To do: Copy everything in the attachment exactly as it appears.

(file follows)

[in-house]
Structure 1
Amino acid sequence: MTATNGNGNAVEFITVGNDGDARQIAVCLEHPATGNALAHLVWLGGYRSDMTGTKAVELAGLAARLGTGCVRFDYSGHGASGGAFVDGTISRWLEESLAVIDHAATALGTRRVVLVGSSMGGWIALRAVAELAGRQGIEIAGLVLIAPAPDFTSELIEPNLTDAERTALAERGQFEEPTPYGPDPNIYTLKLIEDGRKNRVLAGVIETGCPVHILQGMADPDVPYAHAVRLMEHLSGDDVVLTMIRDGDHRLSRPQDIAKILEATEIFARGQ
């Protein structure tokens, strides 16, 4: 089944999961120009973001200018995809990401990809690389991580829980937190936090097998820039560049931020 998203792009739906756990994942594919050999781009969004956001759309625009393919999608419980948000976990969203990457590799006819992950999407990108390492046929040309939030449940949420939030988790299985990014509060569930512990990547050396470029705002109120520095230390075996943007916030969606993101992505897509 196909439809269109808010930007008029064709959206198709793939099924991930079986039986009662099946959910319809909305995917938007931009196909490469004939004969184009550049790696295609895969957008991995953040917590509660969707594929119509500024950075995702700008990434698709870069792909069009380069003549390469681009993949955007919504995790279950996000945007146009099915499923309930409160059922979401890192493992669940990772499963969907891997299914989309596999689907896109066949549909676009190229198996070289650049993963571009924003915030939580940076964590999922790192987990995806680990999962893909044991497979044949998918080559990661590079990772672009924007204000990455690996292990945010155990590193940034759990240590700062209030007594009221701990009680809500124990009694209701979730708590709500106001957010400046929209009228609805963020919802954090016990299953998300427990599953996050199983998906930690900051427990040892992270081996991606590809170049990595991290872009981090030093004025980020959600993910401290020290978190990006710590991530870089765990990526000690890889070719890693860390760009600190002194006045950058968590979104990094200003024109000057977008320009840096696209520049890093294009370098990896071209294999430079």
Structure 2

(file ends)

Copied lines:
[in-house]
Structure 1
Amino acid sequence: MTATNGNGNAVEFITVGNDGDARQIAVCLEHPATGNALAHLVWLGGYRSDMTGTKAVELAGLAARLGTGCVRFDYSGHGASGGAFVDGTISRWLEESLAVIDHAATALGTRRVVLVGSSMGGWIALRAVAELAGRQGIEIAGLVLIAPAPDFTSELIEPNLTDAERTALAERGQFEEPTPYGPDPNIYTLKLIEDGRKNRVLAGVIETGCPVHILQGMADPDVPYAHAVRLMEHLSGDDVVLTMIRDGDHRLSRPQDIAKILEATEIFARGQ
């Protein structure tokens, strides 16, 4: 089944999961120009973001200018995809990401990809690389991580829980937190936090097998820039560049931020 998203792009739906756990994942594919050999781009969004956001759309625009393919999608419980948000976990969203990457590799006819992950999407990108390492046929040309939030449940949420939030988790299985990014509060569930512990990547050396470029705002109120520095230390075996943007916030969606993101992505897509 196909439809269109808010930007008029064709959206198709793939099924991930079986039986009662099946959910319809909305995917938007931009196909490469004939004969184009550049790696295609895969957008991995953040917590509660969707594929119509500024950075995702700008990434698709870069792909069009380069003549390469681009993949955007919504995790279950996000945007146009099915499923309930409160059922979401890192493992669940990772499963969907891997299914989309596999689907896109066949549909676009190229198996070289650049993963571009924003915030939580940076964590999922790192987990995806680990999962893909044991497979044949998918080559990661590079990772672009924007204000990455690996292990945010155990590193940034759990240590700062209030007594009221701990009680809500124990009694209701979730708590709500106001957010400046929209009228609805963020919802954090016990299953998300427990599953996050199983998906930690900051427990040892992270081996991606590809170049990595991290872009981090030093004025980020959600993910401290020290978190990006710590991530870089765990990526000690890889070719890693860390760009600190002194006045950058968590979104990094200003024109000057977008320009840096696209520049890093294009370098990896071209294999430079």
Structure 2